Group pressures and authoritarian leaders can further amplify adherence to belief, Storr observes when he attends—and ultimately flees from—a supposedly healing yoga retreat that forces participants into a regimen so severe that it won’t let them interrupt their meditating, not even to assist a woman screaming in pain. And then there’s faith itself, the need for certainty in a world filled with uncertainty. Factor it all together, he concludes, and our brains come ready-made to create—and rationalize—our own ideologies.
The most illuminating insights come from psychologist Jonathan Haidt, whose book The Righteous Mind synthesizes much of his thinking on morality and moral emotions. To discover the source of fringe convictions, he advises Storr to “find out what people believe to be sacred, and when you look around there, you will find rampant irrationality,” the impetus for a moral crusade based on emotion, not evidence. For Lord Monckton, the climate-change denier, Storr suggests that conserving the status quo is the sacred narrative. Those views derived from his wealthy, upper-class upbringing in a family that believed in the myth of British Empire and military superiority. Seen from that perspective, the spread of the welfare state represents for Monckton a tragic fall from the country’s one-time state of grace. “His emotional instincts were to conserve the world, to defend hierarchy and order and tradition,” Storr concludes. Fueled by that mindset, he sees himself as the knight in shining armor ready to defend his heritage against a “corrosive alliance between the left and atheist scientists.”
Storr conjectures that the loss of the British Empire also undergirds the anti-Semitic outpourings of Holocaust denier David Irving. World War II “was no business of ours,” Irving angrily tells Storr. “We had no business getting involved with it. And because we did, we lost the empire, which was a huge force for civilization around the world. What the empire was doing was worth everything and we should not have risked it. We were fighting somebody else’s war because Churchill had been bribed by the Jews. He had been hired by them in 1936.” The more Storr tries to engage him, the more contorted and bizarre Irving’s view of history sounds. Perhaps it’s no wonder that Storr holds out little hope that “unpersuadables” can ever change their minds.
What’s disturbing is Storr’s oddly wishy-washy relativism, his tendency to equate creationists who deny evolution with scientists who deny the existence of the paranormal. I don’t argue with him that it can be difficult to mark the boundaries between the merely eccentric and the delusional, but it’s important to differentiate between a mindset that’s decidedly odd but harmless from a worldview with potentially dangerous ramifications. Wacky, unscientific, counterfactual beliefs can cause real harm and need to be identified as such, but Storr portrays those who vocally oppose homeopathic medicine as being as extreme as those who fanatically advocate it. In equating the two, he loses sight of the fact that those who use homeopathy instead of conventional medicine can put themselves in real danger.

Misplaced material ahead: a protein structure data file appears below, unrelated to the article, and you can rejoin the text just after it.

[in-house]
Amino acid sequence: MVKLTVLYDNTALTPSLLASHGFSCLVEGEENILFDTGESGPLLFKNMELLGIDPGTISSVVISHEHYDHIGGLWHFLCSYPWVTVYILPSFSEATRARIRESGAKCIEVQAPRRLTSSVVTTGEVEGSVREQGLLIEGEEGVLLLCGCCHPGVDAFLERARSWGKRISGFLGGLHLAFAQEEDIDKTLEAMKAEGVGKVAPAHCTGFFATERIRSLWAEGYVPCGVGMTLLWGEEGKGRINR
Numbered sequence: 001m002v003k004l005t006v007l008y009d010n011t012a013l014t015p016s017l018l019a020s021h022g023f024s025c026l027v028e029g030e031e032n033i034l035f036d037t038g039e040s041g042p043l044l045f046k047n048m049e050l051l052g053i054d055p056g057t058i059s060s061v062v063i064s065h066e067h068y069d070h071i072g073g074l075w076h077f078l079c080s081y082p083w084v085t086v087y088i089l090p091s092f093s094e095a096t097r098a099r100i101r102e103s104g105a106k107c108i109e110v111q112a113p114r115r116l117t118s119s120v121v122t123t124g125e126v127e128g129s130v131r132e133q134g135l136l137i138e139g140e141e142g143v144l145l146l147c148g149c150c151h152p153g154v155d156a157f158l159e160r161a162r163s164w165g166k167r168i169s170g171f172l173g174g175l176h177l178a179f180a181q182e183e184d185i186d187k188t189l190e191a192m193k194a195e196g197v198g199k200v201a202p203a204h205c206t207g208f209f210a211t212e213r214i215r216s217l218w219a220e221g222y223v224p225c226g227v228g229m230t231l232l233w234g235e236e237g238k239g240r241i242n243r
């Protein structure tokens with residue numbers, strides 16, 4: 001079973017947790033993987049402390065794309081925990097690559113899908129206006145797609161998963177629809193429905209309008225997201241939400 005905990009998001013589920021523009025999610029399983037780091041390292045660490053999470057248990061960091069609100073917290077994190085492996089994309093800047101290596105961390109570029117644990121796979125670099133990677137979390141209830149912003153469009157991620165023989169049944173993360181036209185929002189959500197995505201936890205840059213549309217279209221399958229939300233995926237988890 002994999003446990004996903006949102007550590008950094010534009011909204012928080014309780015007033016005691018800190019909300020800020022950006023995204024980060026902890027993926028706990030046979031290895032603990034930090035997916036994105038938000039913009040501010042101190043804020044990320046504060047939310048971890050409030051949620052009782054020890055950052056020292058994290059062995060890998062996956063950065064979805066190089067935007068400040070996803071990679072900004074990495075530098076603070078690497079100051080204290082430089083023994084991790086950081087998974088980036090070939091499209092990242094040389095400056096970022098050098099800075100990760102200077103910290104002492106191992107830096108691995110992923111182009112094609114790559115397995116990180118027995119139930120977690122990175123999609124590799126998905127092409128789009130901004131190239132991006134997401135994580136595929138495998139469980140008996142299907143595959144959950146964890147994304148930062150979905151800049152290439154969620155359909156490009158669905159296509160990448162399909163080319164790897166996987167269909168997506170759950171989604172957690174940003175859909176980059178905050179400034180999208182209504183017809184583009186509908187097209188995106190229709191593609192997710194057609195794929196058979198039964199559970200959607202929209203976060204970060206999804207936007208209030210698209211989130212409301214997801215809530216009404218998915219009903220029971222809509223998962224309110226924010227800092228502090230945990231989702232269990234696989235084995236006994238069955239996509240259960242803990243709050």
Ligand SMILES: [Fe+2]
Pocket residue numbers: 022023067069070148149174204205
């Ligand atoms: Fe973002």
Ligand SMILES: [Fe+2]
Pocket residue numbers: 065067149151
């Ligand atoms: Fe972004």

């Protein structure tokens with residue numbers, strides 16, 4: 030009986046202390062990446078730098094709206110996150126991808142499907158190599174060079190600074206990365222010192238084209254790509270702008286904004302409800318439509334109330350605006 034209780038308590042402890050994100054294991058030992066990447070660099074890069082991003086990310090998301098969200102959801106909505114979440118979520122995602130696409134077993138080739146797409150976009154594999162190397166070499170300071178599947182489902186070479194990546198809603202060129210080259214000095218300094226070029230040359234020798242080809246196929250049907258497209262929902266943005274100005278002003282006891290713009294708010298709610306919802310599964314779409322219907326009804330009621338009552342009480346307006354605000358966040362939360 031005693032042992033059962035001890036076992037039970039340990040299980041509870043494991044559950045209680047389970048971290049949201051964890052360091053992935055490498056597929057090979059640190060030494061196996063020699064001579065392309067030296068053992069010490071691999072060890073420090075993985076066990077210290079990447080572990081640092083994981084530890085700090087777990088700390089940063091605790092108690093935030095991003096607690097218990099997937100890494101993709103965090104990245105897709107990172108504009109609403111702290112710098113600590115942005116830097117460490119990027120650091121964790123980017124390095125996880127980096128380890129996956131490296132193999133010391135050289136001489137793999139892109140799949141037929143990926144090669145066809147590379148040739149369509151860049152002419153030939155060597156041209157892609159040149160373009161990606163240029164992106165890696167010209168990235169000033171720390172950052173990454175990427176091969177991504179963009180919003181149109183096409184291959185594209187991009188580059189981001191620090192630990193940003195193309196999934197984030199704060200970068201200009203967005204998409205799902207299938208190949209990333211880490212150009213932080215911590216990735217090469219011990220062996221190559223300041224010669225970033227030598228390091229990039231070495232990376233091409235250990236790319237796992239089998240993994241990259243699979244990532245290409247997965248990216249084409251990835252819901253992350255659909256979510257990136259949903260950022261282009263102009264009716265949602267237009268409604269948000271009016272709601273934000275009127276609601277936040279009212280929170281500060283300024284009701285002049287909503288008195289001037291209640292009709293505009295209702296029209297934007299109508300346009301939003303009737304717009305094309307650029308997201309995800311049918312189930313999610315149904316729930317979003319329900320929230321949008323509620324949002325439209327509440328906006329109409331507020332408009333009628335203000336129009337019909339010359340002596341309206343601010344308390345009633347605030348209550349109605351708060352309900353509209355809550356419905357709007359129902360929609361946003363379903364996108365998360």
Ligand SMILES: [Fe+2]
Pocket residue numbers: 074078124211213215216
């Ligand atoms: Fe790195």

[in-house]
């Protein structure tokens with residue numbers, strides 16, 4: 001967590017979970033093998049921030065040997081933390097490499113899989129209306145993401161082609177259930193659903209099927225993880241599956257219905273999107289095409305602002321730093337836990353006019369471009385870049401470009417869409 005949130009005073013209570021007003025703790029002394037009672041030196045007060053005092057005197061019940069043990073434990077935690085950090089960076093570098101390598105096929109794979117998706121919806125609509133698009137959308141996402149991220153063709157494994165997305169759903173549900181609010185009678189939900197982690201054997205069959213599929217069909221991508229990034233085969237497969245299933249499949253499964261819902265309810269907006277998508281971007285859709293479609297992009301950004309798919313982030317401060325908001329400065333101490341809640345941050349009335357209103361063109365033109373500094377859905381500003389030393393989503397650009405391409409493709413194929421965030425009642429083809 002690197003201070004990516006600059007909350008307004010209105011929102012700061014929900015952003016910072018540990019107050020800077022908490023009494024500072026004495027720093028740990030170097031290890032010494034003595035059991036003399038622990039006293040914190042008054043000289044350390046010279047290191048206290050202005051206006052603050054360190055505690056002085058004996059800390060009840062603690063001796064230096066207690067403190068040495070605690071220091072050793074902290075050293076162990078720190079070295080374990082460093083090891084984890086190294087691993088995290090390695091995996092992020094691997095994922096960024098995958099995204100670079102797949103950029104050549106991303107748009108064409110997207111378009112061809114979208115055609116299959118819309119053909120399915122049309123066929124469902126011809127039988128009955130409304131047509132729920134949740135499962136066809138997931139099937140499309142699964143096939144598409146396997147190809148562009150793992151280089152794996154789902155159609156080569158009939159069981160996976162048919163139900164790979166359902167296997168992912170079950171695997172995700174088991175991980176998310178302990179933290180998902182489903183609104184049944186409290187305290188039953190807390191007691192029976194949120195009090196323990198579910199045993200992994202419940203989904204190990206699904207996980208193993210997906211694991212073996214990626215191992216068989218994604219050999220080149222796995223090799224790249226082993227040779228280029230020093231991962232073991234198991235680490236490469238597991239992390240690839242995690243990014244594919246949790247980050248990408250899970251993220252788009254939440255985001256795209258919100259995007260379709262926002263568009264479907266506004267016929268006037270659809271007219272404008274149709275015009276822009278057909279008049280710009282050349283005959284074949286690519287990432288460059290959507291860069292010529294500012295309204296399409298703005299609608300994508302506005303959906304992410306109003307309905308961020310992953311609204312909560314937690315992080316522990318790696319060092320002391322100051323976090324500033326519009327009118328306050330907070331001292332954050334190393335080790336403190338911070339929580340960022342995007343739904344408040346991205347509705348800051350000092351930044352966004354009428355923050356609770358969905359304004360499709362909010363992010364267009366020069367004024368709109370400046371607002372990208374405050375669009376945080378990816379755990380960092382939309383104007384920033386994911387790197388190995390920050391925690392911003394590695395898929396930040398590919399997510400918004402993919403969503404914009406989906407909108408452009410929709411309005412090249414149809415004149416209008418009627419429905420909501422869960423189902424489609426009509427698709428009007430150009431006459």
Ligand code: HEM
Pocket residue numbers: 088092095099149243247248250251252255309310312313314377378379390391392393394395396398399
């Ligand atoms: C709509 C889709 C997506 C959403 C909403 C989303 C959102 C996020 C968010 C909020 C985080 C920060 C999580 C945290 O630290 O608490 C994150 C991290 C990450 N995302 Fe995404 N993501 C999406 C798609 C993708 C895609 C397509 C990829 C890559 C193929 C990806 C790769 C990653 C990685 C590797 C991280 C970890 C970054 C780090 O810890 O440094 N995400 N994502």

Most startling of all, even after talking to the hate-inciting Irving, as well as to a group of his racist followers, Storr blithely suggests that Holocaust historian Deborah Lipstadt is also an extremist for worrying that Irving’s beliefs present “a clear and future danger” to historical knowledge. Given that a California school district recently gave its students an essay assignment (later retracted) to argue whether or not the Holocaust actually happened, I’d say Lipstadt is completely rational. To imagine that these enemies of science and history have no impact is the real delusion. In a world that seems increasingly divided between the antiscientific and the rational, Storr should have known—and served his readers—better.
Diane Cole is the author of the memoir After Great Pain: A New Life Emerges and writes for The Wall Street Journal and many other publications.